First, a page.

Wednesday, January 09, 2013

International Prize for Arabic Fiction (IPAF - Arabic Booker) shortlist springs surprises

 the shortlisted titles

International Prize for Arabic Fiction (IPAF) shortlist stresses evolving talent, springs surprises 
Susannah Tarbush

The judges of the International Prize for Arabic Fiction (IPAF - the Arabic Booker) today announced in Tunis the six-book shortlist for the  2013 prize worth a total of $60,000 to the winner (including the $10,000 that goes to each shortlisted novel). None of the shortlisted authors has been previously longlisted for the prize. The chair of the hitherto anonymous judging panel, the Egyptian writer and academic Galal Amin, said the shortlist brings "to the fore several evolving talents around the Arab world." The shortlist omitted last year's IPAF winner Rabee Jaber and several other long-established and acclaimed authors who were on the longlist.

The shortlisted novels are:

 Ave Maria by Sinan Antoon (Iraqi) Al-Jamal
Sinan Antoon 

I, She and Other Women by Jana Elhassan (Lebanese) Arab Scientific Publishers

Jana Elhassan

The Beaver by Mohammed Hassan Alwan (Saudi Arabian) Dar al-Saqi
Mohammed Hassan Alwan

Our Master by Ibrahim Issa (Egyptian) Bloomsbury Qatar Foundation Publishing (BQFP)
Ibrahim Issa with his shortlisted book

The Bamboo Stick by Saud Alsanousi (Kuwaiti) Arab Scientific Publishers
Saud Alsanousi

His Excellency the Minister by Hussein Al-Wad (Tunisian) Dar al-Janub

 Hussein Al-Wad

the judges present their shortlist

The shortlist, and the hitherto secret identities of the judges, were revealed at a press conference in the Municipal Theatre in Tunis. The IPAF statement said: "The shortlist reveals a number of varied thematic concerns, which lie at the heart of the Arab reality of today. They include, religious extremism; the lack of tolerance and rejection of the Other; the split between thought and behaviour in the contemporary Arab personality; the Arab woman's frustration and her inability to break through the social wall built around her; the laying bare of the corrupt reality and hypocrisy on social, religious, political and sexual levels."

The winner will be announced at an awards ceremony in Abu Dhabi on 23 April 2013, on the eve of the Abu Dhabi International Book Fair. IPAF was launched in Abu Dhabi in April 2007, and is supported by the Booker Prize Foundation in London and funded by the TCA of Abu Dhabi which was announced as the new sponsor of the Prize in September 2012 (taking over from the Emirates Foundation).

The six were chosen from the longlist of 16, announced on 6 December and selected from 133 entries from 15 countries, published in the previous 12 months. There are some surprising omissions from the shortlist. Rabee Jaber of Lebanon, who won IPAF 2012 for The Druze of Belgrade and was also shortlisted in 2010 for America, had been longlisted for IPAF 2013 with The Birds of the Holiday Inn but did not make the shortlist.  

Other heavyweights of Arabic fiction omitted from the shortlist include Lebanese Elias Khoury,  longlisted for Sinalkul (Dar al-Adab);  Lebanese Hoda Barakat, longlisted for The Kingdom of this Earth (Dar al-Adab); Palestinian-Jordanian Ibrahim Nasrallah, longlisted for Lanterns of the King of Galilee (Arab Scientific Publishers); and Algerian Waciny Laredj longlisted for Lolita’s Fingers (Dar al-Adab).

The judges, chaired by  Galal Amin, are Lebanese academic and critic Sobhi al-Boustani; the head of the Arab Cartoonists' Association, and owner and chief editor of the independent Syrian daily newspaper Al-Domari, Ali Ferzat; Polish academic and Professor of Arabic Literature at the Arts College of the Jagiellonian University of Cracow, Barbara Michalak-Pikulska, and specialist in Arabic Literature Classical and Modern and Gender Studies at Manchester University Professor Zahia Smail Salhi, .

Galal Amin commented: 'The members of the committee feel extremely pleased that they were able to select an excellent shortlist of newly written Arabic novels, which bring to the fore several evolving talents around the Arab world. The committee is gratified to note that outstanding creativity is common across Arab countries and generations of writers.'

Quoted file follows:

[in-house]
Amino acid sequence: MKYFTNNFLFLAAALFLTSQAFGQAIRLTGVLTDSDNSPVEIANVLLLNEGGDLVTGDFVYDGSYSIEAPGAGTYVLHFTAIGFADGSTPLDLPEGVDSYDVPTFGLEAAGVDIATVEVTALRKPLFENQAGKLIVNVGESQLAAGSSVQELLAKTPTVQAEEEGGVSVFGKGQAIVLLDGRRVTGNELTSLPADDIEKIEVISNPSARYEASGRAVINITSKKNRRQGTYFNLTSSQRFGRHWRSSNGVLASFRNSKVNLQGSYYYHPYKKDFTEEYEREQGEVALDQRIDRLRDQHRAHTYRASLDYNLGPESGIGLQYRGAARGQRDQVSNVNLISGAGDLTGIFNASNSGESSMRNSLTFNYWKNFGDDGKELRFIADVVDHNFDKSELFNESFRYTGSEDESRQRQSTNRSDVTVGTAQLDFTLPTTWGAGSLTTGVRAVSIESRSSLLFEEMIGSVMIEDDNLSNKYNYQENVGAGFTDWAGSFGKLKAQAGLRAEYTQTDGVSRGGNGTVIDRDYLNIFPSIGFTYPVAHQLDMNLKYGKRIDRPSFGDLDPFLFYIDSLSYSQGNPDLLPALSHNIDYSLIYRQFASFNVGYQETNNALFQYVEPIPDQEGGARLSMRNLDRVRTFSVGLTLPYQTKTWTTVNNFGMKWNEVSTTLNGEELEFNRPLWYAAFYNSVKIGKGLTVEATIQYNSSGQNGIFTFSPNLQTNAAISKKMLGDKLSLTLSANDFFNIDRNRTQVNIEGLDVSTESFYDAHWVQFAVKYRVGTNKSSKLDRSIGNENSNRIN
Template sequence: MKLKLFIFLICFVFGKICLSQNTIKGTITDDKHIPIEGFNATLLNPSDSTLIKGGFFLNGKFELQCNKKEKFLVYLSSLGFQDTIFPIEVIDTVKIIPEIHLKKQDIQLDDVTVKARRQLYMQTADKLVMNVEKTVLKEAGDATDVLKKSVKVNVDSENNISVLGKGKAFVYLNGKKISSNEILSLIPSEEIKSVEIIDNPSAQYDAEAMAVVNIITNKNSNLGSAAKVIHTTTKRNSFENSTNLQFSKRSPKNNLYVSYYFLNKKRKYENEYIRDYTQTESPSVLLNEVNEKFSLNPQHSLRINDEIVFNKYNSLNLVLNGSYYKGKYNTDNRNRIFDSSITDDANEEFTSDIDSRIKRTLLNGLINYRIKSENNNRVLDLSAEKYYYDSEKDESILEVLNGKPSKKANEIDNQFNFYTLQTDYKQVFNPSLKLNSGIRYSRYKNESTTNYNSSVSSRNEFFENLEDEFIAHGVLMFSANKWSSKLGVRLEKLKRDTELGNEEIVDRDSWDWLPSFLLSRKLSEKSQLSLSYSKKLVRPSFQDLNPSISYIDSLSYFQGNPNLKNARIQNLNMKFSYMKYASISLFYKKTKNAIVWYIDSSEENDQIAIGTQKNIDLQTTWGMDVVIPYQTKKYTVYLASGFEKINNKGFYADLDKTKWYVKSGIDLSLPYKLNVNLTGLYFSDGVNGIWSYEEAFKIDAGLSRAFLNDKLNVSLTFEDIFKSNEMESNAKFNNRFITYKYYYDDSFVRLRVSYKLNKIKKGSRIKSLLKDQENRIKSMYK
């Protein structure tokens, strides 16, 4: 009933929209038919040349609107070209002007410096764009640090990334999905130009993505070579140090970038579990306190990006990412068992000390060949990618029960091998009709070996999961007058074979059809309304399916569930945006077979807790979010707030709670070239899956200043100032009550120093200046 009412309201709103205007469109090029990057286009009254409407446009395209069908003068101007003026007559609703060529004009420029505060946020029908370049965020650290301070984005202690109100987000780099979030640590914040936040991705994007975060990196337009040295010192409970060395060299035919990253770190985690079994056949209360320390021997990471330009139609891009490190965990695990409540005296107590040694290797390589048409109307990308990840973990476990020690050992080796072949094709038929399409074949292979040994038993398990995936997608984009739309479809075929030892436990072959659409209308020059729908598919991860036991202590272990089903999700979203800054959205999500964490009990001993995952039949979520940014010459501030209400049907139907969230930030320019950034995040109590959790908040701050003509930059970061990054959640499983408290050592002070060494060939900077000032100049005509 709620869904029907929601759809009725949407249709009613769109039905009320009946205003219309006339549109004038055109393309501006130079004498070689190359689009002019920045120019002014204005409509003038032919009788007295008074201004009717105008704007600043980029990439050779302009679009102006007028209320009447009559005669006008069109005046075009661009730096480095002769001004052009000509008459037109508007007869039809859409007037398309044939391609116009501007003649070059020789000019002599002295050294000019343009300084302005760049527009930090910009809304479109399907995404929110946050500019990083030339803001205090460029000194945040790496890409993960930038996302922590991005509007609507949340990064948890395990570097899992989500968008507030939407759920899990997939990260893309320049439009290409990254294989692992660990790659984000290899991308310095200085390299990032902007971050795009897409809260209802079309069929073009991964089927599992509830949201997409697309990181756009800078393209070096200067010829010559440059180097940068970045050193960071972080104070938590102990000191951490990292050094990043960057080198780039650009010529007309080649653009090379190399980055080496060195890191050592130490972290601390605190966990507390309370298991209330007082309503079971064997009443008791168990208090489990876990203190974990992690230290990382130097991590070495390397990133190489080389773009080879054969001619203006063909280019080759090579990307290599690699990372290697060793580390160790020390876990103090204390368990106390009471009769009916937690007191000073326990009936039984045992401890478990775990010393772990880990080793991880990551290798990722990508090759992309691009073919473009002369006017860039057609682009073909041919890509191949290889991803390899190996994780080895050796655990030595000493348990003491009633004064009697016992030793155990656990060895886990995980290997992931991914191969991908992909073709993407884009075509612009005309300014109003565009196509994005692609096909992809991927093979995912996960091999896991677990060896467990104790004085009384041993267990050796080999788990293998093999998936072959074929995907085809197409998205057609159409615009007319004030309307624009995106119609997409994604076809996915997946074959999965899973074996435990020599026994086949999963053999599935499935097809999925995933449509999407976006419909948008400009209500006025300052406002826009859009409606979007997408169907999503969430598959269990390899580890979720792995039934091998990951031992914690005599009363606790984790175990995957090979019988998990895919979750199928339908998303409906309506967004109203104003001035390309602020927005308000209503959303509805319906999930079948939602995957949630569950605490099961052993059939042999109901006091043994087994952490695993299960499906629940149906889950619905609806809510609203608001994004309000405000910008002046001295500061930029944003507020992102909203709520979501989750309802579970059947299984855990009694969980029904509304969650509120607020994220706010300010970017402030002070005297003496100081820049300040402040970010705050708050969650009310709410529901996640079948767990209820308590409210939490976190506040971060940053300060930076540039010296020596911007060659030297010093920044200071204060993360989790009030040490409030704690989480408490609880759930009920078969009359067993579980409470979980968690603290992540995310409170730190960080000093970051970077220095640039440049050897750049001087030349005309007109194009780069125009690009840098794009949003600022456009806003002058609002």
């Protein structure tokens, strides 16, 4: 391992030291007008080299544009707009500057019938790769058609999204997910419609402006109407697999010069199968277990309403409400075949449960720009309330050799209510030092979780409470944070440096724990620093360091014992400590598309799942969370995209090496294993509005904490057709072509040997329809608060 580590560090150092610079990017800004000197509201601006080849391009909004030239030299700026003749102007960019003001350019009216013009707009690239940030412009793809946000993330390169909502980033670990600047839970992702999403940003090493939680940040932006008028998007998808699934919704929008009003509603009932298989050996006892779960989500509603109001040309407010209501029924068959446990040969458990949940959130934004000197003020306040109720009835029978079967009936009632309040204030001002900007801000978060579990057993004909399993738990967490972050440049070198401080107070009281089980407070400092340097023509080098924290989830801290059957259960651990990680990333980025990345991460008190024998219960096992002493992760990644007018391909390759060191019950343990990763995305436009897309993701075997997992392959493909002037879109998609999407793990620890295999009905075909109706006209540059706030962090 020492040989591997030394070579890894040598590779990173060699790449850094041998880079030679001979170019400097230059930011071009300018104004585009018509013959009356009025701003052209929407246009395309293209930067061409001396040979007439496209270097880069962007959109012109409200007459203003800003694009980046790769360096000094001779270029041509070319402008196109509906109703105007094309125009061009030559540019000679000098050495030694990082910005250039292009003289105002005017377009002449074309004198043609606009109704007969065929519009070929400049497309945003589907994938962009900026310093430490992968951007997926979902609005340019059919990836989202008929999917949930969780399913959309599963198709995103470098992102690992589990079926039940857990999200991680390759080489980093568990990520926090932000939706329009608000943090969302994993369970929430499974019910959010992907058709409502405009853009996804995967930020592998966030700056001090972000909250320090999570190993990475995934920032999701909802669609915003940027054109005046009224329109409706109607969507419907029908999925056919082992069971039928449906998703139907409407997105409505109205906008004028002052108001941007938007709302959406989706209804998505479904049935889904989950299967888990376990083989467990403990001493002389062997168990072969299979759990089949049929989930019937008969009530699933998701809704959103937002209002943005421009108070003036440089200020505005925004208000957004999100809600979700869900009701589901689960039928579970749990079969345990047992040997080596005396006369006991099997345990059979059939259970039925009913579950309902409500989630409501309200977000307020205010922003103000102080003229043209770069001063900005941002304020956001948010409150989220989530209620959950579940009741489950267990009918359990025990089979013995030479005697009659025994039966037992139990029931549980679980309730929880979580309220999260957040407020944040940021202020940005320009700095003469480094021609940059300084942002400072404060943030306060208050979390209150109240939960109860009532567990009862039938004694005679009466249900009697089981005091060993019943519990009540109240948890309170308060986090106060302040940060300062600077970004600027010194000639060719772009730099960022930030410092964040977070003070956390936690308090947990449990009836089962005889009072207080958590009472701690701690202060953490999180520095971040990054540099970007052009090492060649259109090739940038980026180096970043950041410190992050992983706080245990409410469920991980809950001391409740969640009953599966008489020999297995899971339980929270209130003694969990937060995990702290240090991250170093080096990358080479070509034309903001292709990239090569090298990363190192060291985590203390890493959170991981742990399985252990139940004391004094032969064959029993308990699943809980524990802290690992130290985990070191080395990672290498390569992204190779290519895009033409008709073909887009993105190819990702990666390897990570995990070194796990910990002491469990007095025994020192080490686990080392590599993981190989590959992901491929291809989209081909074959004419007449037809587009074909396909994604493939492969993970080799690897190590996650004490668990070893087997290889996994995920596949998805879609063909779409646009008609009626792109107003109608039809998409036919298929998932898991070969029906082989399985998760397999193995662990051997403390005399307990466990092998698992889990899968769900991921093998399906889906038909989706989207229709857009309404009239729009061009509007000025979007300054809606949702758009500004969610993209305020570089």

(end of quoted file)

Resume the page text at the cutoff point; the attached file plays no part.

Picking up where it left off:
Jonathan Taylor, Chair of the Board of Trustees, comments: ‘We're delighted to welcome and honour six new writers for the Prize. Their works have been selected by our Judges for their outstanding quality and it is a great pleasure to be able to bring them to the attention now of a wider Arabic audience and, in due course, to international readership.’

An English translation of the winning novel is guaranteed for the winner. The winners of the prize in its first four years all secured English publishing deals for their novels - Bahaa Taher (2008), Youssef Ziedan (2009), Abdo Khal (2010) and joint winners Mohammed Achaari and Raja Alem (2011). Taher’s Sunset Oasis was published in English by Sceptre (an imprint of Hodder and Stoughton) in 2009 and has been translated into at least eight other languages worldwide. Ziedan’s Azazel was published in the UK by Atlantic Books in April 2012 and English translations of Abdo Khal and Mohammed Achaari’s winning novels - Throwing Sparks and The Arch and the Butterfly are imminent, from BQFP.

IPAF synopses of the shortlisted novels:

Ave Maria by Sinan Antoon
The events of the novel take place in a single day, with two contradictory visions of life from two characters from an Iraqi Christian family, drawn together by the situation in the country under the same roof in Baghdad. Youssef is an elderly man who is alone. He refuses to emigrate and leave the house he built, where he has lived for half a century. He still clings to hope and memories of a happy past. Maha is a young woman whose life has been torn apart by the sectarian violence. Her family has been made homeless and become separated from her, resulting in her living as a refugee in her own country, lodging in Youssef's house. With her husband she waits to emigrate from a country she feels does not want her. Hope collides with destiny when an event occurs which changes the life of the two characters forever. The novel raises bold and difficult questions about the situation of minorities in Iraq, with one character searching for an Iraq which was, while the other attempts to escape from the Iraq of today.

 I, She and Other Women  by Jana Elhassan
The heroine of the novel, Sahar, feels a sense of loss and loneliness within her family, following her marriage. She had hoped to be a different kind of woman from her mother but finds herself falling into the same trap after her marriage to Sami. In constructing another self in her imagination, she finds an outlet which brings intellectual and existential fulfilment. The novel has an innovative structure, psychological and philosophical depth and a profound humanity.

The Beaver by Mohammed Hassan Alwan